Genre: Fiction / Fantasy
Star Rating: 3 out of 5 stars
Synopsis: Many years ago, Claire was named Head Librarian of the Unwritten Wing—a neutral space in Hell where all the stories unfinished by their authors reside. Her job consists mainly of repairing and organizing books, but also of keeping an eye on restless stories that risk materializing as characters and escaping the library. When a Hero escapes from his book and goes in search of his author, Claire must track and capture him with the help of former muse and current assistant Brevity and nervous demon courier Leto. But what should have been a simple retrieval goes horrifyingly wrong when the terrifyingly angelic Ramiel attacks them, convinced that they hold the Devil’s Bible. The text of the Devil’s Bible is a powerful weapon in the power struggle between Heaven and Hell, so it falls to the librarians to find a book with the power to reshape the boundaries between Heaven, Hell … and Earth.
The premise for this book sounded really intriguing – a library of unwritten/unfinished books with a librarian to manage any escaped characters – but this one fell flat for me.
I liked the characters of Claire (the head librarian), her assistant Brevity, who happens to be a Muse, the young demon courier Leto, and the escaped book character who puts the chain of events into motion, Hero. This found family of unique and realistically flawed characters was diverse and creative. Claire presents a prickly face to the world, but inside, she is carrying her own personal demons and beating herself up for mistakes she’s made in the past. Brevity struggles with unsecurity and always feeling “not good enough”. Leto is a newly formed demon, who gradually begins to remember parts of his previous human life and realizes it wasn’t a good one. Hero… well… Hero isn’t who he seems to be, even if he is the hero of his own story.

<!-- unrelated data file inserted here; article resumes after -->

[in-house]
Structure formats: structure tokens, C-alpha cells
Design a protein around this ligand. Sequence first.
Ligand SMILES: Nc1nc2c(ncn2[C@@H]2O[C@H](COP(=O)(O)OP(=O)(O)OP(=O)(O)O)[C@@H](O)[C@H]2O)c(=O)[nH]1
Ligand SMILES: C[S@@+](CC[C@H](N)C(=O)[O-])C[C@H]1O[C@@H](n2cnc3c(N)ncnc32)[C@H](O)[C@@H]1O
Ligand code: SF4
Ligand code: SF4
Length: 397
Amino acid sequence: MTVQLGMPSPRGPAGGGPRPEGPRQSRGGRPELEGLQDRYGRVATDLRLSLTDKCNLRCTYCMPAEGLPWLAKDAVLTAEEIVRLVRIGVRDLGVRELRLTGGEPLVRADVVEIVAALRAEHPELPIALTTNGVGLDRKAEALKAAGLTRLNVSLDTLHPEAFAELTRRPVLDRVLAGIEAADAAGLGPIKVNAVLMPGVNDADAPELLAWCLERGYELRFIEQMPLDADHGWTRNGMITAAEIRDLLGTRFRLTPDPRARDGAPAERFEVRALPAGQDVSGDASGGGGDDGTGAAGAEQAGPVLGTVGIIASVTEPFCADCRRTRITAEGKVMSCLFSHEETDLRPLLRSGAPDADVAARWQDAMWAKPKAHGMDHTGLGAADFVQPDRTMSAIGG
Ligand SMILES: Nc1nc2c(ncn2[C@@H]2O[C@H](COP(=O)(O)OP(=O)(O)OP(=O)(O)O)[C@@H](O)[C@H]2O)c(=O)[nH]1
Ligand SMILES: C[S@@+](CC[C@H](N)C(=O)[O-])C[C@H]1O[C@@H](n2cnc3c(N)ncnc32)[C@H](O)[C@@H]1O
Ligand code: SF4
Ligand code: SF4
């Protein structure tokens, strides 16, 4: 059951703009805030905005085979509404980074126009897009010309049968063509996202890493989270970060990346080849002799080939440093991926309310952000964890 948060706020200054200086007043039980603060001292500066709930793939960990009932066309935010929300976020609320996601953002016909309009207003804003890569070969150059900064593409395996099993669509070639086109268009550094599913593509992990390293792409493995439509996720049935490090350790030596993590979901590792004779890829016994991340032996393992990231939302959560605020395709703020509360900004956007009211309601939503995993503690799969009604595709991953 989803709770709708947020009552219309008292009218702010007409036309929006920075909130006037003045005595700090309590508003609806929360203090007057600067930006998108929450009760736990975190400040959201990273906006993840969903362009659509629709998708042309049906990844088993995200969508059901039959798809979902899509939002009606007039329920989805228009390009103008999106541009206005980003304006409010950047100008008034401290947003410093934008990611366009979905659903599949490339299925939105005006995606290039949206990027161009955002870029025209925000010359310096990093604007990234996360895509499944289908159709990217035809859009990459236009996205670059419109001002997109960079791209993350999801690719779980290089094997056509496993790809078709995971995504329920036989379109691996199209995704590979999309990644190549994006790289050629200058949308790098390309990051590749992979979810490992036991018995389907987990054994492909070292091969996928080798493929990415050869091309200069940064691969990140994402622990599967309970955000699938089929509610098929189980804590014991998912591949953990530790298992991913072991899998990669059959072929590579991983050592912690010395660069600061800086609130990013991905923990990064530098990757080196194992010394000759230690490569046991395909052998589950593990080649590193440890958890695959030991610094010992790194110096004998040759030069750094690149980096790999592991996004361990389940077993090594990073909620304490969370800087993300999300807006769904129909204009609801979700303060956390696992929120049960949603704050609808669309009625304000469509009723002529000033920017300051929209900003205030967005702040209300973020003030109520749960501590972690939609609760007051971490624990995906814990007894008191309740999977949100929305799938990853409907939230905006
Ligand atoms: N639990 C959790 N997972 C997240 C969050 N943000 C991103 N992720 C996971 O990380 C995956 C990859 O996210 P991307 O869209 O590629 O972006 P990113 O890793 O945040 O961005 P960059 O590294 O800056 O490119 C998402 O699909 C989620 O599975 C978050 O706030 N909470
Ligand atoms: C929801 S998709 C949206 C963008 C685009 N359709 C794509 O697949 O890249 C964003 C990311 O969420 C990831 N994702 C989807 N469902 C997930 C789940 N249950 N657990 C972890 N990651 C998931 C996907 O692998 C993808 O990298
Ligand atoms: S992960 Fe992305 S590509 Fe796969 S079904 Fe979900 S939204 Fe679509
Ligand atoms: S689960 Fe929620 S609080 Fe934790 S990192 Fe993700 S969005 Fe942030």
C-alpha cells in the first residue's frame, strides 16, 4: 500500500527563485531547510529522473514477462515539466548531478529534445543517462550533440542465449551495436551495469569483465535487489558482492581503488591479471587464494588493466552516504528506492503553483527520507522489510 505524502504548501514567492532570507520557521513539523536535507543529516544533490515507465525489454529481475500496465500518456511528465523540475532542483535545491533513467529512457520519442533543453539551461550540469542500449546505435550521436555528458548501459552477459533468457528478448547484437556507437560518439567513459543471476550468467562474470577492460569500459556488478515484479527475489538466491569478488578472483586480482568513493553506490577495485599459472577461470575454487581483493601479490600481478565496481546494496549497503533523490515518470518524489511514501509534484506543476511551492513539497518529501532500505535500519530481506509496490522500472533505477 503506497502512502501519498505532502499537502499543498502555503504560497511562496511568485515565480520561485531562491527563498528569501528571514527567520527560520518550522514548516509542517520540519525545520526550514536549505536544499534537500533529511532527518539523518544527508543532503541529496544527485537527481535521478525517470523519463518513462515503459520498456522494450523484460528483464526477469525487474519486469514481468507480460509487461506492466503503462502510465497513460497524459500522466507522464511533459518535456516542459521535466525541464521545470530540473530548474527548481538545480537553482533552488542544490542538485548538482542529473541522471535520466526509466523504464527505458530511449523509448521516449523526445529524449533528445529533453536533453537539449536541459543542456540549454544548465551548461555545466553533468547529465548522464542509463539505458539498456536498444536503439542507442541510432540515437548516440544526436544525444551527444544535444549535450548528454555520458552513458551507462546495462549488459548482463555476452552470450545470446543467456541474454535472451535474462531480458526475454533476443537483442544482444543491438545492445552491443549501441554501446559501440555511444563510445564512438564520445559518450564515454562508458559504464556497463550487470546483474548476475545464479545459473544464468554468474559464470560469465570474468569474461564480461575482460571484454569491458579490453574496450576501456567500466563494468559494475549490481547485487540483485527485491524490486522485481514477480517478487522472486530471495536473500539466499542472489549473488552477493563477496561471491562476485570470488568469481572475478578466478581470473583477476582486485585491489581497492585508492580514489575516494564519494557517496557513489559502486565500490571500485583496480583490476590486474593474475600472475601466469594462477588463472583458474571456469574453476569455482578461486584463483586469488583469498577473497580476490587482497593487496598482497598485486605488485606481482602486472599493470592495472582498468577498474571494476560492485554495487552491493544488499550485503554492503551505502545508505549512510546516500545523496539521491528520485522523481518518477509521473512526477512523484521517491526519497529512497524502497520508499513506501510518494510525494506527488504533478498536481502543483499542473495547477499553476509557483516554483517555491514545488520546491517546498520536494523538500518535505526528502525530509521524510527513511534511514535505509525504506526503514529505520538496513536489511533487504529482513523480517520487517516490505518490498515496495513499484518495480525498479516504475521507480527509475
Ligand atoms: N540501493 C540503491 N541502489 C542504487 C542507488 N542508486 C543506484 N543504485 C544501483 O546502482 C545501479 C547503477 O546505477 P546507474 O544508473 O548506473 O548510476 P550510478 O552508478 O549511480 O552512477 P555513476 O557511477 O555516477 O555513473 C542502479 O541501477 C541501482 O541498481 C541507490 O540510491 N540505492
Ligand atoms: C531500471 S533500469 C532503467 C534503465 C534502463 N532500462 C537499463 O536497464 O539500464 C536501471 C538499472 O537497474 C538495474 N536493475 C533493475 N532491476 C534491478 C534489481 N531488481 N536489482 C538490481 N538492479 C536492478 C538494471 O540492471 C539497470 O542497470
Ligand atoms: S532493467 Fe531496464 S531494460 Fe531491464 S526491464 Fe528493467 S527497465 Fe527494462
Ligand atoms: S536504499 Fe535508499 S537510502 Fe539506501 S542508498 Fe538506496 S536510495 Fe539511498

My problem with the book is that the plot was convoluted and despite what should have been an interesting epic quest to track down the Codex (the Devil’s Bible) through various literary-influenced landscapes, I just couldn’t engage with it. I’m not sure if it was just scattered, or if the addition of the angel characters drew too much attention from the main group, (or maybe just a whole bunch of little things that didn’t quite mesh together for me), but I had a hard time being interested in the main point of the storyline.
This is the first in a series and sadly, I don’t think I will pick up the other ones as I didn’t enjoy this one enough to continue with these characters. A shame, really, as the basic concept is one I could have potentially really enjoyed.
3 thoughts on “Book Review: The Library of the Unwritten”
I really like the premise for this one too. Based on reviews I’ve seen, it either really works for you, or really doesn’t. I’m hoping that when I get around to it, I discover that it works for me… but we’ll have to see. I’m hesitant to find out.
Yes – I saw that too. I totally know what you mean. You know how much you want to love it and then you’re afraid you won’t when it’s such a perfect premise for a book-lover!
Exactly! I have a bad habit of procrastinating some of the books I’m most excited about for that very reason.